What value system should American judges support from the bench? It depends on whom you ask.
An AP article carried by the Waco Trib yesterday says that “A group of conservative attorneys say they are on a mission from God to unseat four California judges.” One of the candidates, Craig Candelore, is quoted as saying:
We believe our country is under assault and needs Christian values. Unfortunately, God has called upon us to do this only with the judiciary.
And in response, “Any organization that wants judges to subscribe to a certain political party or certain value system or certain way of ruling to me threatens the independence of the judiciary,” San Diego County’s District Attorney Bonnie Dumanis said.
Is it really a matter of “Christian values” versus no “certain value system”? Well, no. In fact, these two options share a common story that we should keep in mind whether we claim we should “get back to Christian values” or we should “avoid any particular value system.”
First off, here is the easy one. The claim that judges should hold “no particular value system” is itself from a particular value system. The Great American Myth, as Stanley Hauerwas as put so succinctly, is “the story that we had no story until we choose the story that we had no story.”
To paraphrase, then, the “American value system,” if there is one, is the value system that says there is no value system.
Another name for the value system on which our justice system is based is the Rule of Law, but even that concept is historically rather young. Whereas the story of the Rule of Law is usually told as though it is the pursuit of fair and equitable law that serves as the foundation of civil society, any society that believes it has struck foundation has done so within the story of that particular society.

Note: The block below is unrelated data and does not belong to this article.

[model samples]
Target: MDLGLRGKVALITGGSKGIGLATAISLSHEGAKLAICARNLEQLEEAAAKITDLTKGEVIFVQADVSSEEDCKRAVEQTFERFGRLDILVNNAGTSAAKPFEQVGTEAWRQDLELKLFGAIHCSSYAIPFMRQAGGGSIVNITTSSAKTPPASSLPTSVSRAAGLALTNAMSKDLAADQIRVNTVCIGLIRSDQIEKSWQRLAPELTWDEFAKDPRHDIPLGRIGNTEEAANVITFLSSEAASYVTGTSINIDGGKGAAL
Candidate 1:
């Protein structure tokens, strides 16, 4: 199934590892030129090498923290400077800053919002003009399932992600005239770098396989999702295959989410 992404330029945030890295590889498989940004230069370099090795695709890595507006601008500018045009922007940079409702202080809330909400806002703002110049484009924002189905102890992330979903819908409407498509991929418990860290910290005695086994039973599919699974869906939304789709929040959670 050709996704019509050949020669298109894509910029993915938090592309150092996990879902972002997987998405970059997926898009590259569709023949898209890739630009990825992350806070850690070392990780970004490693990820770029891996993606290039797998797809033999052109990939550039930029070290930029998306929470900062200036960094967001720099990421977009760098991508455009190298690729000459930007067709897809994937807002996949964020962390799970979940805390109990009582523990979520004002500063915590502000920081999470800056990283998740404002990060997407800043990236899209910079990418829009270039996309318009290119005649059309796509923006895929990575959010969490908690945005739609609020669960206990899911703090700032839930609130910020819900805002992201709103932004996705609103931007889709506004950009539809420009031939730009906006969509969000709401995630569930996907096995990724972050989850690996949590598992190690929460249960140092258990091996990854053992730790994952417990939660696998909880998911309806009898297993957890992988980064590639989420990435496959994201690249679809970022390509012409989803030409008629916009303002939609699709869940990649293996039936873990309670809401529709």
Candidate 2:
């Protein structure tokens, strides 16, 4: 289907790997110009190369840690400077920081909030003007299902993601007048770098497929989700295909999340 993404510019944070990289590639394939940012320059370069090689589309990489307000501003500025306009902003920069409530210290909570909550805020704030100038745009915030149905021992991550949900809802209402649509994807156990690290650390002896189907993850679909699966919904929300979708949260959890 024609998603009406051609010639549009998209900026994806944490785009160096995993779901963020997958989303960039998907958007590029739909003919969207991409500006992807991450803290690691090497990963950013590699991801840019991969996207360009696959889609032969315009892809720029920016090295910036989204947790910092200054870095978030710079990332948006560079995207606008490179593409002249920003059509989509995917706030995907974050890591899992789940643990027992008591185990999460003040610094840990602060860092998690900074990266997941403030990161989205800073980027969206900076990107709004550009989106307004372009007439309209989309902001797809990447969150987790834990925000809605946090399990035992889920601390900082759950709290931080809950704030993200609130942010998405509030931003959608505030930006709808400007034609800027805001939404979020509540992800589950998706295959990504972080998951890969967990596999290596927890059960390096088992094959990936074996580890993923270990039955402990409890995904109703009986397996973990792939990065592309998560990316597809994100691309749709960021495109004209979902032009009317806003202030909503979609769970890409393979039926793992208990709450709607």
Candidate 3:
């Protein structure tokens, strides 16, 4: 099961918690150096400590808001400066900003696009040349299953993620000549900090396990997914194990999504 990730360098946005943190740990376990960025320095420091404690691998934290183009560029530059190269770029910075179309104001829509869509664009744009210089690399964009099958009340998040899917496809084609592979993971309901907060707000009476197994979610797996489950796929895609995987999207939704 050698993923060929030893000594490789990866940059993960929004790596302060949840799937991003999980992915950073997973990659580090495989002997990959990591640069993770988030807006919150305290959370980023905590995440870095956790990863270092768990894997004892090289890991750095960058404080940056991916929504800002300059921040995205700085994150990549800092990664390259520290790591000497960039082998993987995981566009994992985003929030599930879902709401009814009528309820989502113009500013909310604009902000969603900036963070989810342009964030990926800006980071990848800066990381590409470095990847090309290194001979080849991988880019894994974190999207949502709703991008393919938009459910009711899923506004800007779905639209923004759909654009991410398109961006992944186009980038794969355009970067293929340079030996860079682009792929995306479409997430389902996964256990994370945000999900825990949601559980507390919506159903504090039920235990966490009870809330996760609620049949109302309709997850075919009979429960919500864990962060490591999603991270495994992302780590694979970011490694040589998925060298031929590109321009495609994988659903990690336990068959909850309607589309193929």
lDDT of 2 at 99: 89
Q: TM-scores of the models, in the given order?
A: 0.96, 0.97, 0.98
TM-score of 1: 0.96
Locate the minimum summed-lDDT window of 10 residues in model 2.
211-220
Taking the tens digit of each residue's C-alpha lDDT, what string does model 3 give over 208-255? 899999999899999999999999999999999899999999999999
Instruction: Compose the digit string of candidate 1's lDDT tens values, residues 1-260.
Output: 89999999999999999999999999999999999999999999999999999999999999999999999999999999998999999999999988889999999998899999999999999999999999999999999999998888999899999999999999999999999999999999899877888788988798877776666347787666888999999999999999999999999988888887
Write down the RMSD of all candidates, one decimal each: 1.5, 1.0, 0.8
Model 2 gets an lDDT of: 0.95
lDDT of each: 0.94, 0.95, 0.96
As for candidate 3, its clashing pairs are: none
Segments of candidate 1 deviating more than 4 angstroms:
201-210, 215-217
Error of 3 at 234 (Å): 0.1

In America, the society within which the Rule of Law bedrock was found was a broadly (or generically) Christian one.
This means, to be fair, that the notion that judges should not “subscribe … to a certain value system” arose from within a broadly Christian value system.
To continue being fair, this broadly Christian value system is not the value system of today’s Religious Right. Rather, the motivation to seek to be value free in value systems arose from society’s growing realization that all values come from somewhere, and thus have a history, and thus, more often than not, overlooked someone or oppressed someone.
For example, the truth held as “self-evident” that “all men were created equal” by the American Founding Fathers was really only that all white men who owned property were equal. These, at least, were the only ones afforded the right to vote.
There are not too many Americans today who would support the vote for only white property-owning men. At the time, however, from the context in which this nation arose, what the Founders put together was admirable. Much of what we have developed legally in the 200+ years since then has been improvements on this admirable beginning.
I thought, as I started this post, that I was going to write about the Rule of Law being a value system. It got a little outside those lines, but I hope you can follow my point. Controversies like that over the California judge elections are happening all over our land. When these disagreements boil over past the point of civility neither side is right or “Christian.”
May we each take some time today to consider the story of where our values have come from, and look earnestly at where they are taking us.